What do we know about Network File Systems in cloud computing?
The Network File System (NFS) is a client/server program that allows a user to access files on a remote computer as if they were on the user’s own computer and store and update them optionally. The NFS protocol is one of several network-attached storage (NAS) distributed file system standards.
NFS enables the user or system administrator to install all or a portion of a file system to a server (designated as accessible). Clients with whatever rights are allocated to each file (read-only or read-write) will access the portion of the file system that’s installed. NFS routes requests between clients and servers using Remote Procedure Calls (RPCs).
Sun Microsystems, which created the Network File System, was the first popular distributed system to be credited to (NFS). For many years, NFSv2 was the standard protocol, developed with the goal of easy and fast server crash recovery. In multi-client and single-server based network architectures, this aim is of utmost importance since a single instant server crash ensures that all customers are not serviced. The whole system is goes down.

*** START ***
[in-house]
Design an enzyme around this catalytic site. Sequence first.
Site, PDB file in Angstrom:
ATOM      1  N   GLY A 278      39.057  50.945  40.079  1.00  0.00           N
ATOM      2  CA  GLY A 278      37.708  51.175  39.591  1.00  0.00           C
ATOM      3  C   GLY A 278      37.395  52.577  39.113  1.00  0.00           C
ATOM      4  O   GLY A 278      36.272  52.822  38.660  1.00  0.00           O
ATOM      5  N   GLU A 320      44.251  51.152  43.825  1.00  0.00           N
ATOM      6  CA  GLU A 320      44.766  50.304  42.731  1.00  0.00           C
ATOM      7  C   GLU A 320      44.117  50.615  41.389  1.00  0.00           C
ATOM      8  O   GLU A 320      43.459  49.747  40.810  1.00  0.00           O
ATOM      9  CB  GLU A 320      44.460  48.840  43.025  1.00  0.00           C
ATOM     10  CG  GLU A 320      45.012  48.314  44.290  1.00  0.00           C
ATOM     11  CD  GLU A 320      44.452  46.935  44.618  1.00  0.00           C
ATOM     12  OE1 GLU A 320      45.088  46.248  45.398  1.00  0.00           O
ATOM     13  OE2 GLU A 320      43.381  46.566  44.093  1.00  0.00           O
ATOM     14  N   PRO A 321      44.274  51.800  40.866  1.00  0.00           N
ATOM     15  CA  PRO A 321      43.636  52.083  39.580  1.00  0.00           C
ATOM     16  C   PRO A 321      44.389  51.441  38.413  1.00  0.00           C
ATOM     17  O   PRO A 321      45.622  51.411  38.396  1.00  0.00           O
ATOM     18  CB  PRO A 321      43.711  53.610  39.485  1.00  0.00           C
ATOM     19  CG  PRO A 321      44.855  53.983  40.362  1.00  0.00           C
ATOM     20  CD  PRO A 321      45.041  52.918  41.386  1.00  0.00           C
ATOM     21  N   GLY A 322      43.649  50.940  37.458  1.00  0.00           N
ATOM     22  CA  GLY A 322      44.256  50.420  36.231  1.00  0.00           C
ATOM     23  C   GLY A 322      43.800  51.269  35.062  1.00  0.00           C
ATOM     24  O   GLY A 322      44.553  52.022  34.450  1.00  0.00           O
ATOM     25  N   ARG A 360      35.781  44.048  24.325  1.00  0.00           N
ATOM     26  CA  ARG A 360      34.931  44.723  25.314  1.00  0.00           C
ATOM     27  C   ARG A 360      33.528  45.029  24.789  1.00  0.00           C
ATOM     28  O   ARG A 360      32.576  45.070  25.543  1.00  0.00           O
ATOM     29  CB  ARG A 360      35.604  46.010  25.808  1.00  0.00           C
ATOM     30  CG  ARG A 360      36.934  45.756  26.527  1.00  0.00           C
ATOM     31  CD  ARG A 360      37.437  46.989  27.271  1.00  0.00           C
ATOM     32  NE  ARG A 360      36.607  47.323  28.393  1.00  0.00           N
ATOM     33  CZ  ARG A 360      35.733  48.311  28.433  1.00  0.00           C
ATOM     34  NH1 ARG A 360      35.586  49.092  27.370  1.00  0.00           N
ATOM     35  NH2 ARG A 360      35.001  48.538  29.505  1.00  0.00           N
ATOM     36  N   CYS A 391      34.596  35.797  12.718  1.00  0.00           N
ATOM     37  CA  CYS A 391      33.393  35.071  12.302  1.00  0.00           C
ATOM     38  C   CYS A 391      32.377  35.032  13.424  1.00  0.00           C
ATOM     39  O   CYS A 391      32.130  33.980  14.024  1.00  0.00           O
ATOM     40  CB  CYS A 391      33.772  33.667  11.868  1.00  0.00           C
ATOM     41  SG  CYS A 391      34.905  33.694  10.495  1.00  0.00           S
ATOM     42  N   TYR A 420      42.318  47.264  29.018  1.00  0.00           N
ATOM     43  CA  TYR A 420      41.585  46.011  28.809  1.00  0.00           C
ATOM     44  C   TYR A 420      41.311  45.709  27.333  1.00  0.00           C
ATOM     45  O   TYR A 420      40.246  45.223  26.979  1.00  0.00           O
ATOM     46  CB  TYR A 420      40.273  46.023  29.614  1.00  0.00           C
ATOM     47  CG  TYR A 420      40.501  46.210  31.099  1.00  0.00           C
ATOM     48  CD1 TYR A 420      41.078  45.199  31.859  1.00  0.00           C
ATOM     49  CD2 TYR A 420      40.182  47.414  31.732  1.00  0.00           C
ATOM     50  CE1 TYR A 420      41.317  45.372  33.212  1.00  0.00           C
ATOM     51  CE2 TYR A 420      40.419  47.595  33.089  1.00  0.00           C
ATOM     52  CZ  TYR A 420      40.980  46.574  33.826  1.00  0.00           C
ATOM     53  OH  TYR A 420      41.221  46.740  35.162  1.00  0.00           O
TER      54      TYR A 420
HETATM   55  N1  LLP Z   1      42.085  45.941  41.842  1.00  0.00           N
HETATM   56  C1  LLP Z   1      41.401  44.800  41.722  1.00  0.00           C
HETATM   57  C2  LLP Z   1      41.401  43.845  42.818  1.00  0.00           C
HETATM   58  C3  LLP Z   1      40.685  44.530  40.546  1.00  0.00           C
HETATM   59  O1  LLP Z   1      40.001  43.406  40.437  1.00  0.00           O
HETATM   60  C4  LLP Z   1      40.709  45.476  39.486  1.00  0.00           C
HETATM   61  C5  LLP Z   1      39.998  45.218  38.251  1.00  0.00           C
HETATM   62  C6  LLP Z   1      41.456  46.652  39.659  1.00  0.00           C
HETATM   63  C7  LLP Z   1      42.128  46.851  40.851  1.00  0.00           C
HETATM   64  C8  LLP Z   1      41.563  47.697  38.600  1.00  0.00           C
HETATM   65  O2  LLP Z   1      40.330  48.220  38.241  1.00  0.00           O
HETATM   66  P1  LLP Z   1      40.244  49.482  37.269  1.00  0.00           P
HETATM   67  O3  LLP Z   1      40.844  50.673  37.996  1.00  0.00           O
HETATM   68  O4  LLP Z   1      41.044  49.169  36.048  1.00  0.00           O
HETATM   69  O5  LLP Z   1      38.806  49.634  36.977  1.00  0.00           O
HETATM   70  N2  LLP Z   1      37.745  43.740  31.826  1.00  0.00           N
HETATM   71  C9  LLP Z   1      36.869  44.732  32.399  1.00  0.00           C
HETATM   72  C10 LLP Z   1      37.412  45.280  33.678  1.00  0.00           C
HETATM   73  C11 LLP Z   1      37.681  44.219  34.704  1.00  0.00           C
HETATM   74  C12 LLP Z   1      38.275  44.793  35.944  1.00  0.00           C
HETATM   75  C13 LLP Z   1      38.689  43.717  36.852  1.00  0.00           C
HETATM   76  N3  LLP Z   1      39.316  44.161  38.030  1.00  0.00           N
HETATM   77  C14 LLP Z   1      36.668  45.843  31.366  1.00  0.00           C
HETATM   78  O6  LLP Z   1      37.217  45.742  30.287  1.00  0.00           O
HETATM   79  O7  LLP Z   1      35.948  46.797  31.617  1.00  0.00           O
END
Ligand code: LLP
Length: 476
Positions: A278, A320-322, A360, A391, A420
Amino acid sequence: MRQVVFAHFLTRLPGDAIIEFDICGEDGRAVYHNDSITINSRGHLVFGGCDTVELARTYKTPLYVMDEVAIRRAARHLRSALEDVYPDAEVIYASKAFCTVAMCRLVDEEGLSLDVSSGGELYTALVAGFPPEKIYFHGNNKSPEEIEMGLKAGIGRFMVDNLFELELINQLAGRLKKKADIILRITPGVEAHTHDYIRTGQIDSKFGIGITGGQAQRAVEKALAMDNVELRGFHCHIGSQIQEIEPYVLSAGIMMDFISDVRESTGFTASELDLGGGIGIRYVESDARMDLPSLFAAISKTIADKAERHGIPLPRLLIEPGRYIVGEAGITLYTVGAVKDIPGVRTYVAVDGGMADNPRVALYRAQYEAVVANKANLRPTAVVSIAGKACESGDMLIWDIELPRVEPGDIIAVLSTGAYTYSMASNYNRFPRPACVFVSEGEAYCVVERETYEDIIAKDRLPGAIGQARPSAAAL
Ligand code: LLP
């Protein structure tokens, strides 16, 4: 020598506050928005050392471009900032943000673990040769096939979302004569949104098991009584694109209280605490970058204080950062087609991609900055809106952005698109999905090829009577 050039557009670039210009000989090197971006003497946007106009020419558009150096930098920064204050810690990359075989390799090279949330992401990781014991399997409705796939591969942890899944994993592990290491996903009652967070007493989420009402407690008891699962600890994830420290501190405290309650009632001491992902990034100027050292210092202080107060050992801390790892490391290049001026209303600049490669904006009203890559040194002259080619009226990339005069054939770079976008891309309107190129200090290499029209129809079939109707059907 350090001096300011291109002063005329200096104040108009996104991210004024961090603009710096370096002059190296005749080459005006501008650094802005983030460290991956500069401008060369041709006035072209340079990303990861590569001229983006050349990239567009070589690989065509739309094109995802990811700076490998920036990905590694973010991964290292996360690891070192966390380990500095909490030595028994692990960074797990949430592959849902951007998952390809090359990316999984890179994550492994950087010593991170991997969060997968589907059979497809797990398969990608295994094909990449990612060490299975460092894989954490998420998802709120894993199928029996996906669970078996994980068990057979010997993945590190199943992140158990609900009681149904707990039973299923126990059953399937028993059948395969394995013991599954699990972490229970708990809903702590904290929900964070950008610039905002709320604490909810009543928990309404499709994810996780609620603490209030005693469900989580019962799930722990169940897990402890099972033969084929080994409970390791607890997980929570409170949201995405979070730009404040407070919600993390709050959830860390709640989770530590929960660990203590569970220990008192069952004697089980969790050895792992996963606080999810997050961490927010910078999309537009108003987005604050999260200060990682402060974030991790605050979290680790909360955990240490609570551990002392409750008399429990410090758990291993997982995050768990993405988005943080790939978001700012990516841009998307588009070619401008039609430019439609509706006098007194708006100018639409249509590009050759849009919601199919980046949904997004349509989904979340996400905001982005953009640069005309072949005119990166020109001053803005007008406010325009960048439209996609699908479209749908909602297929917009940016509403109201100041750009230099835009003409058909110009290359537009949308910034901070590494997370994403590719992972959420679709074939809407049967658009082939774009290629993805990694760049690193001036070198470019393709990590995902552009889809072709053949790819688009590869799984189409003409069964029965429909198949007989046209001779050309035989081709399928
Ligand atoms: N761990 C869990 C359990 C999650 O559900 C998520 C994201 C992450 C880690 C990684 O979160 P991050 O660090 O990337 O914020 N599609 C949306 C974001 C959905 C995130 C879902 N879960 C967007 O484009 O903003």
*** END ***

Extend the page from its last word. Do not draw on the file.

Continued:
What are the advantages of a Network File System?
- An advantage of NFS is that it uses the existing IP infrastructure; NFS is a low-cost network file sharing solution that is easy to set up.
- A significant benefit of NFS is that it facilitates central management, eliminating the need for individual user systems for added software and disk space.
- NFS is user-friendly, enabling users to access files on remote hosts in the same way as local files are accessed. As fewer CDs, DVDs, Blu-Ray disks, diskettes, and USB drives are in circulation, this decreases the need for portable media storage devices and increases security.
The first two NFS protocol versions were categorized as NFS version1, then NFS v2 or RFC-1094 (1989) and NFS v3 or RFC-18133 were published by the IETF after 1989 (1995). Both NFS v2 and NFS v3 have been widely used in the IT industry and have become the traditional file-sharing protocol in the UNIX world. In 2000, via RFC 3010, NFS v4 was introduced.
The current version of NFS is also called NFS v4 but was implemented through RFC 3530. In 2003, it was published. Since then, compared to early NFS v4, NFS v4 has improved a lot in terms of optional features, such as protection, caching, locking, and message communication performance. While NFS has PC capabilities, it has often been treated as a file-oriented protocol rather than the PC environment for UNIX and Linux operating systems.
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